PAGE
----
Take this Should I Lease Or Buy A Car Quiz to find out. We update the quiz regularly and it’s the most accurate among the other quizzes.
Choosing between buying and leasing a car is frequently a difficult decision. On the one hand, buying has higher monthly costs, but in the end, you own an asset—your vehicle. A lease, on the other hand, has lower monthly payments and allows you to drive a vehicle that is more expensive than you could afford to buy, but you are locked into a cycle in which you never stop paying for the vehicle. With more people opting for a lease over a loan than just a few years ago, the leasing boom isn’t going away anytime soon.
Purchasing a vehicle with a traditional car loan is simple. You borrow money from a bank, credit union, or other lending institution and pay it back in monthly installments over a set period of time. A portion of each payment is used to pay interest on the loan, while the remainder is used to pay down the principal. The larger the payment, the higher the interest rate. As you repay the principal, you accumulate equity until, at the end of the loan, you own the entire vehicle. You can keep the car for as long as you want and treat it however you want. The only consequences of modification or abuse could be repair costs and a lower resale value in the future.
As car prices rise (exceeding $46,000 by the end of 2021) and buyers begin to demand the latest safety features available only on newer vehicles, leasing has become a popular alternative to buying. A lease requires buyers to make a monthly payment in order to drive a new car for a set period of time. That payment is frequently less than the monthly cost of financing a new vehicle, but buyers are required to return the vehicle at the end of the lease term. Also, you must try to play this Should I Lease Or Buy A Car Quiz.
Should I Lease Or Buy A Car Quiz
With more people working from home than ever before, mileage restrictions on a lease may not be an issue for many customers. On the contrary, many people may discover that they do not use the miles they have purchased.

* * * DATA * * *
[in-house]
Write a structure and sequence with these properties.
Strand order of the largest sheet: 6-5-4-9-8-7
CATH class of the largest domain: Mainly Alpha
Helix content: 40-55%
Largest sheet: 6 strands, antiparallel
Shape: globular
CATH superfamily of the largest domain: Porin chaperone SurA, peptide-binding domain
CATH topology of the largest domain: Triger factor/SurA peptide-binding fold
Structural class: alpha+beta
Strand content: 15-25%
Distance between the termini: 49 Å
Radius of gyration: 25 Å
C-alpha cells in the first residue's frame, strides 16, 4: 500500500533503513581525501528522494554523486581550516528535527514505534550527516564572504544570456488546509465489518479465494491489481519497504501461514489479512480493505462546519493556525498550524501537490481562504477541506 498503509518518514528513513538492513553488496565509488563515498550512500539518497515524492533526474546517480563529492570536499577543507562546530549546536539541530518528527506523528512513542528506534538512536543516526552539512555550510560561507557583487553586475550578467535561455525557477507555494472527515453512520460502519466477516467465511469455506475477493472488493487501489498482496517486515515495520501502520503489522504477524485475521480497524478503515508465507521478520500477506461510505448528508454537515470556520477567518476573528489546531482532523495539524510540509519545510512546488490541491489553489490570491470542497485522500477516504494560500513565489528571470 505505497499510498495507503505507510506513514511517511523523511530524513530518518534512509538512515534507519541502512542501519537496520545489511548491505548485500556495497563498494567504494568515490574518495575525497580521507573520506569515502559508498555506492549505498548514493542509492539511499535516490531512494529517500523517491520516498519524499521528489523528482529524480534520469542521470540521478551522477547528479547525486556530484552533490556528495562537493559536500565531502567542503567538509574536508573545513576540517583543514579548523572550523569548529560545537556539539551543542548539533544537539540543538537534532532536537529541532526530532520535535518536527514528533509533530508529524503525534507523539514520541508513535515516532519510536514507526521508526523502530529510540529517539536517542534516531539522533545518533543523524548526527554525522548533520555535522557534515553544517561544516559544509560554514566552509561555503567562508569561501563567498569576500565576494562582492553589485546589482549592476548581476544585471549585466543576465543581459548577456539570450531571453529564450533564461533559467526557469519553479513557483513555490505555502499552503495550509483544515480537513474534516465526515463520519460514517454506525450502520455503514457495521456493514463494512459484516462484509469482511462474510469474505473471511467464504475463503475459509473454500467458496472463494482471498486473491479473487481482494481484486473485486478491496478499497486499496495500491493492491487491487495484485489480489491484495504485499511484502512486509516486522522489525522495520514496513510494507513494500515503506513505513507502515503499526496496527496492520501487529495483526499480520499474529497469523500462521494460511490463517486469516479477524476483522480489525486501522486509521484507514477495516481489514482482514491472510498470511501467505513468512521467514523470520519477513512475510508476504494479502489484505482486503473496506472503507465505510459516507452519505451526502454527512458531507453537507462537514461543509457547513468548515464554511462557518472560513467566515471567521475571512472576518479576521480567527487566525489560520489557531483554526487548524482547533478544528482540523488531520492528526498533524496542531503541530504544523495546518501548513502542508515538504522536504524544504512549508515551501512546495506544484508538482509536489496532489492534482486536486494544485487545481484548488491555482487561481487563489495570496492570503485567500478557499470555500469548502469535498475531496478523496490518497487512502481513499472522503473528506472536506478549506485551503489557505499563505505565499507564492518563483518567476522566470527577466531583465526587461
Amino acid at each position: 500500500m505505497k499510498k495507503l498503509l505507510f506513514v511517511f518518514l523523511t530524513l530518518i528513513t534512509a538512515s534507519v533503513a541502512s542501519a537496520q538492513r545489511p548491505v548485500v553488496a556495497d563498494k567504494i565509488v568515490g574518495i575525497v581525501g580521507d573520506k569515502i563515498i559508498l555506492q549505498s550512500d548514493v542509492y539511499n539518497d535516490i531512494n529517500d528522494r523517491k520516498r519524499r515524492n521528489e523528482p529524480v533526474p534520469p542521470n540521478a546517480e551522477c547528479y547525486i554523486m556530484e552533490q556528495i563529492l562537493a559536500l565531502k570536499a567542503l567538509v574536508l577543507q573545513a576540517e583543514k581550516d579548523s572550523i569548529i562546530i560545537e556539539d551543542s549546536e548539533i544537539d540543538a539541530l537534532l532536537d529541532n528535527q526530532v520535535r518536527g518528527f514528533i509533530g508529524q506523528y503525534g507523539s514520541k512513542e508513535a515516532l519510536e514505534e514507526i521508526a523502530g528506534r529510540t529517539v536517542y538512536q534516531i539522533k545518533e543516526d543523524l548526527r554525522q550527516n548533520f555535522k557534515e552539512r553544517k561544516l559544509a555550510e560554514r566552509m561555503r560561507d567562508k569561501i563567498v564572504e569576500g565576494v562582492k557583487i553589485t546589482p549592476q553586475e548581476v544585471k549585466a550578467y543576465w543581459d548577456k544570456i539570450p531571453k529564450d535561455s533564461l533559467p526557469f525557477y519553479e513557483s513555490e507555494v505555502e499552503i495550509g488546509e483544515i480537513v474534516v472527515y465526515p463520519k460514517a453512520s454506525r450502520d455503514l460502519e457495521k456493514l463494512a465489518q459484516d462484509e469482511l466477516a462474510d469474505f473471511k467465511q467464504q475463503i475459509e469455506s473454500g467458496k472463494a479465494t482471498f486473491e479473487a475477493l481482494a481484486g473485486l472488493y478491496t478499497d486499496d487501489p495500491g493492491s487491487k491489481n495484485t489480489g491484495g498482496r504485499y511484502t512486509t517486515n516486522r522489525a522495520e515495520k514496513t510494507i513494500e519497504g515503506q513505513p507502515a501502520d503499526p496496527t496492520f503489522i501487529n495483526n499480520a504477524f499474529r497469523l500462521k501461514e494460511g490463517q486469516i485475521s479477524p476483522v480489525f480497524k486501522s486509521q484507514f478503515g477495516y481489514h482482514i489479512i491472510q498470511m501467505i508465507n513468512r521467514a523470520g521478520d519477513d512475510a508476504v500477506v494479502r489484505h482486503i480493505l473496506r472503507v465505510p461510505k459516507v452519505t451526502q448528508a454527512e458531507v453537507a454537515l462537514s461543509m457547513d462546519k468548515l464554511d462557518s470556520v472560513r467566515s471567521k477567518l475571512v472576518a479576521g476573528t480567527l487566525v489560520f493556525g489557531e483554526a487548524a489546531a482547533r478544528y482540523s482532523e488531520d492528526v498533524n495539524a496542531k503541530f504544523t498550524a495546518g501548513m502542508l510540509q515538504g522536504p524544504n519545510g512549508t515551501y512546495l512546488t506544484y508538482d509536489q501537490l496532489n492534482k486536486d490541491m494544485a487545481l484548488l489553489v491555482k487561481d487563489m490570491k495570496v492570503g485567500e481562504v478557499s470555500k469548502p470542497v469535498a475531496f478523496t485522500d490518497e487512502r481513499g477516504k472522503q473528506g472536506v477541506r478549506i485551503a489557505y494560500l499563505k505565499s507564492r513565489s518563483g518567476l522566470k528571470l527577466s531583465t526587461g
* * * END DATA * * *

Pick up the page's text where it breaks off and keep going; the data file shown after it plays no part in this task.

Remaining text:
The predictability of payments and ownership costs (no costly repairs while under warranty!) is appealing. However, life can be unpredictably unpredictable, and a lease provides less flexibility than a purchase.
We look at the pros and cons of leasing and buying to determine which is best for you.
The Benefits of Leasing
On the surface, leasing may appear to be more appealing than purchasing. Because you are not repaying any principal, your monthly payments are usually lower. Instead, you’re simply borrowing and repaying the difference between the car’s new value and the residual—its expected value at the end of the lease—plus finance charges.
The Primary Benefits of Leasing
You operate the vehicle during its most trouble-free years.
You’re always driving a late-model vehicle covered by the manufacturer’s new-car warranty.
Free oil changes and other scheduled maintenance may even be included in the lease.
You can drive a more expensive, better-equipped vehicle than you could otherwise afford.
Your vehicle will be outfitted with the most up-to-date active safety features.
You don’t have to worry about the car’s trade-in value fluctuating or the hassle of selling it when it’s time to move on.
For business owners, there may be significant tax benefits.
Finally, you simply return the vehicle to the dealer.
About the quiz
Difficult to Compare
It’s difficult to draw a fair comparison between, say, a six-year loan and a standard three-year lease. The bank borrower still has three years of payments remaining when the lease expires, but the lessee must look for another car—or perhaps accept the lease’s buyout offer.
A lease can also be subsidized, also known as “subvented.” The automaker can either take money off the top with a special lease rebate, or it can raise the residual, or both.
An automaker may also include additional rebates on a lease deal that a loan customer would not receive. Furthermore, the “money factor” (interest rate) on a lease may differ from the interest rate on a loan, making an apples-to-apples comparison difficult.
In general, two consecutive three-year leases will cost thousands more than purchasing a car (with a loan or cash) and owning it for the same six-year period. And the savings grow for car buyers if they keep the car for another three years, for a total of nine years, even after accounting for expected maintenance and repairs.
If the limitations of a lease turn you off, consider purchasing a less expensive new car or a well-maintained used car, such as a certified pre-owned vehicle from a franchised dealer, or obtaining a longer loan term. Whether you buy your new car with cash, a loan, or a lease, you can save money by selecting one that holds its value well, is dependable, and has good fuel economy.
Buy used to save money both upfront and in the long run. Also, pay in cash.